From his blog
This afternoon I am speaking for Labour on the so called Growth and Infrastructure Bill. Here is the gist:
The government seems to be re-defining the Department for Communities and Local Government (DCLG). Given the outright attack on localism in the Growth and Infrastructure Bill, DCLG may as well be re-named the Department against Communities and Local Government.
The Bill, which starts in the Lords today, is also misnamed. It has little to do with infrastructure and less to do with growth. David Cameron was right when he said “If you could legislate your way to growth, obviously we would. The truth is you can’t.” It is fanciful to call a hotchpotch of planning measures a growth bill and if it were an infrastructure bill you would expect the new infrastructure minister to be speaking in today’s debate (he is not).
Labour will be probing the government on three key planning issues:
- The suspension of local planning authorities. If a planning authority is deemed to be failing by the Secretary of State then planning responsibilities will be removed indefinitely. There is no evidence that such a suspension is necessary when last year saw a 10 year high of 87% of all applications approved. 400,000 homes have planning permission but are yet to be built – the problem does not lie with local planning authorities.
- The attack on Section 106 affordable housing agreements. These agreements assure mixed housing developments and, once again, there is no case that they should be discarded. There is no evidence that failure to agree s106 agreements is routinely holding back developments and the Local Government Association point out that “councils are already responding to changed economic circumstances by renegotiating s106 agreements voluntarily.”
- The re-defining of ‘nationally significant infrastructure’. Such projects are dealt with centrally by the Planning Inspectorate. This is important in a small number of cases but broadening the definition to include ‘business’ and ‘commercial’ projects without defining the scope of these categories runs the serious risk of completely bypassing local communities for projects that would never seriously be considered ‘nationally significant’.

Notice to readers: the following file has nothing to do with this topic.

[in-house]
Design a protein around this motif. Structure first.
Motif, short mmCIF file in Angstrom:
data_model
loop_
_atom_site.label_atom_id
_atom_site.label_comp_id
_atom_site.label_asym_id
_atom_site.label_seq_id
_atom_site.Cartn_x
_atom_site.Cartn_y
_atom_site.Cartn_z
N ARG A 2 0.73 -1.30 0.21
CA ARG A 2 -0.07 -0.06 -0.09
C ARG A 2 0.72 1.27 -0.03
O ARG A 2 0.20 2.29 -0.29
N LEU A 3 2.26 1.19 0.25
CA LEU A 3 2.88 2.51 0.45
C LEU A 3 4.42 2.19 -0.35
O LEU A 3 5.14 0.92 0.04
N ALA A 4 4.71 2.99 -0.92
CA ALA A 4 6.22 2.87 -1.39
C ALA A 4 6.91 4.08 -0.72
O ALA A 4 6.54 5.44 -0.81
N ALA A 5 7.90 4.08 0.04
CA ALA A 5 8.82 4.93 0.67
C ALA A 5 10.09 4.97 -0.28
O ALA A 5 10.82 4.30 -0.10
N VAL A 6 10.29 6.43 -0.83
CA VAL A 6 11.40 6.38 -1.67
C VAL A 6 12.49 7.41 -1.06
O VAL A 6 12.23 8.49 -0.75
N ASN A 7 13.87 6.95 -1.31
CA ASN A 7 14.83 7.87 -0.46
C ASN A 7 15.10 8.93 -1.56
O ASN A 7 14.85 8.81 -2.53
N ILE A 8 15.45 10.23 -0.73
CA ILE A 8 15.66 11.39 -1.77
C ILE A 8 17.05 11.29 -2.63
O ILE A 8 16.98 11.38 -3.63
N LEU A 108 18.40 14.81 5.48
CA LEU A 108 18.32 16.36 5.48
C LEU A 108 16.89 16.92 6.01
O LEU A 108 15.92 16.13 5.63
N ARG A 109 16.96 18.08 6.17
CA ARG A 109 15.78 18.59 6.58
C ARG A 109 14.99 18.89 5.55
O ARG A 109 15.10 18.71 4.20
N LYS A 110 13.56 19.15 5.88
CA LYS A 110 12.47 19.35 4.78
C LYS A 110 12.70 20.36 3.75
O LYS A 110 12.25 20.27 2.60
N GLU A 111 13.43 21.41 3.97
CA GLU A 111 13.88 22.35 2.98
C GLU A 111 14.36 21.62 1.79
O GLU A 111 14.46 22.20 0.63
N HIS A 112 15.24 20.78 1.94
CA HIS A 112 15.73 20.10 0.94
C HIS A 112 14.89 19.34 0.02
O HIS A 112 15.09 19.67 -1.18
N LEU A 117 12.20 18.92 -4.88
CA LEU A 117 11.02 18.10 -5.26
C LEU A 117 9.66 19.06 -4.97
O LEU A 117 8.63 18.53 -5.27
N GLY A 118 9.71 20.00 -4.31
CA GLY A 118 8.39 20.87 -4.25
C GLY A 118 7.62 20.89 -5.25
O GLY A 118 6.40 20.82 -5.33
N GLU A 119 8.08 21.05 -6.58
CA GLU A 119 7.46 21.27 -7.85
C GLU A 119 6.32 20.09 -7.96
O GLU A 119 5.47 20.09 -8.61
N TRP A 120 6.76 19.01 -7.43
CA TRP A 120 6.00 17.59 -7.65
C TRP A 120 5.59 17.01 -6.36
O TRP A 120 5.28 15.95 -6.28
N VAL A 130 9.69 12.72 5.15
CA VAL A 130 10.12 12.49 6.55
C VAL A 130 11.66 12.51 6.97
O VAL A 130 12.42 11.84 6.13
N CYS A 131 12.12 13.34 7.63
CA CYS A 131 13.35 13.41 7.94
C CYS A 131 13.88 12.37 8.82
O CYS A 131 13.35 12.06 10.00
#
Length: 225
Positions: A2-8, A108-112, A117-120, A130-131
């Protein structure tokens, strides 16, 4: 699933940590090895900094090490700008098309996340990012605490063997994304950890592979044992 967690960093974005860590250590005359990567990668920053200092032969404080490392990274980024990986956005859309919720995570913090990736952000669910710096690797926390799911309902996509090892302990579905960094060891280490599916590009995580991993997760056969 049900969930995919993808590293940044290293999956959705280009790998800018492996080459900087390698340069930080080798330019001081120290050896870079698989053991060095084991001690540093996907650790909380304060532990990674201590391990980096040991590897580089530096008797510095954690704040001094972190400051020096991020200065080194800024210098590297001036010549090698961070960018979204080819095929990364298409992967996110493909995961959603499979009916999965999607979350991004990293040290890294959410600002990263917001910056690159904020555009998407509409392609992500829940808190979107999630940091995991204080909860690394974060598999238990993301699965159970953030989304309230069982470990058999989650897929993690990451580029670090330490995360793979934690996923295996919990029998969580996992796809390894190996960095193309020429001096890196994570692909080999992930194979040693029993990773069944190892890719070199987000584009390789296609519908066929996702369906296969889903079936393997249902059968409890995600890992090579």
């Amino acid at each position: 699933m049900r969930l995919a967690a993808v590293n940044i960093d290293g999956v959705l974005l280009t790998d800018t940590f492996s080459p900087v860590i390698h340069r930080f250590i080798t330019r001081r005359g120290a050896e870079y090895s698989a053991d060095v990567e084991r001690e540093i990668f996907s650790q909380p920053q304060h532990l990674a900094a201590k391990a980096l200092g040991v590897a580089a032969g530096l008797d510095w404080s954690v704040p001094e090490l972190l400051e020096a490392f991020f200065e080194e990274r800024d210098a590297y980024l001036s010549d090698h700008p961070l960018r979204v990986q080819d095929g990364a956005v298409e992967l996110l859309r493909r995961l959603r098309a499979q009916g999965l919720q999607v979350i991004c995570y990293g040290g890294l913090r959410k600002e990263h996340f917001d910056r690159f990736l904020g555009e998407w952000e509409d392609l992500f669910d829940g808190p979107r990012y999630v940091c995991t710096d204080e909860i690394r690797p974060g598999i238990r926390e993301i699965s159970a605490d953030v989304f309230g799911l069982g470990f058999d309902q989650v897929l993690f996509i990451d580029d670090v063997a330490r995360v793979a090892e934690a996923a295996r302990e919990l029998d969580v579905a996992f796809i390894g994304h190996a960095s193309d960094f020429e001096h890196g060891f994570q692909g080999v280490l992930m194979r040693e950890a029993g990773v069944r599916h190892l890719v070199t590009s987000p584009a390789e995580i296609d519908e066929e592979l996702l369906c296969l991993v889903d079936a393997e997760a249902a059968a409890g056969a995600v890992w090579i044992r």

There are also two environmental concerns:
- The threat of new communications infrastructure in national parks. The Bill is intended to facilitate the roll out of rural broadband but allows overhead cables and mobile phone masts to be placed in national parks without the consent of their relevant authorities. As the Campaign to Protect Rural England has pointed out, “The proposal that the key purpose of National Parks and Areas of Outstanding Natural Beauty – to conserve beauty – could be overridden in order to provide infrastructure… would establish a dangerous and wholly inappropriate precedent.”
- The risk of development on town and village greens. Under the proposals, after a ‘trigger event’ it would no longer be possible to register to get your village green protected. One proposed trigger event is the submission of a planning application. As Hilary Benn puts it, this is Kafkaesque since the first that most people will hear of a threat to a green is when a planning application is published.
Worse, tacked on to the end of this planning bill is the alarming proposition that employee rights be traded for shares. In effect, the Bill implements the “fire at will” Beecroft proposals by the back door.
Other than the clause destroying employment rights and safeguards, the only discernible theme of the Growth and Infrastructure Bill is the weakening of the powers of democratically elected local authorities. This contradicts the excellent proposals for growth in the recent Heseltine report – which rightly emphasises the role of self-confident local authorities in driving local economic development – and flies in the face of “localism”.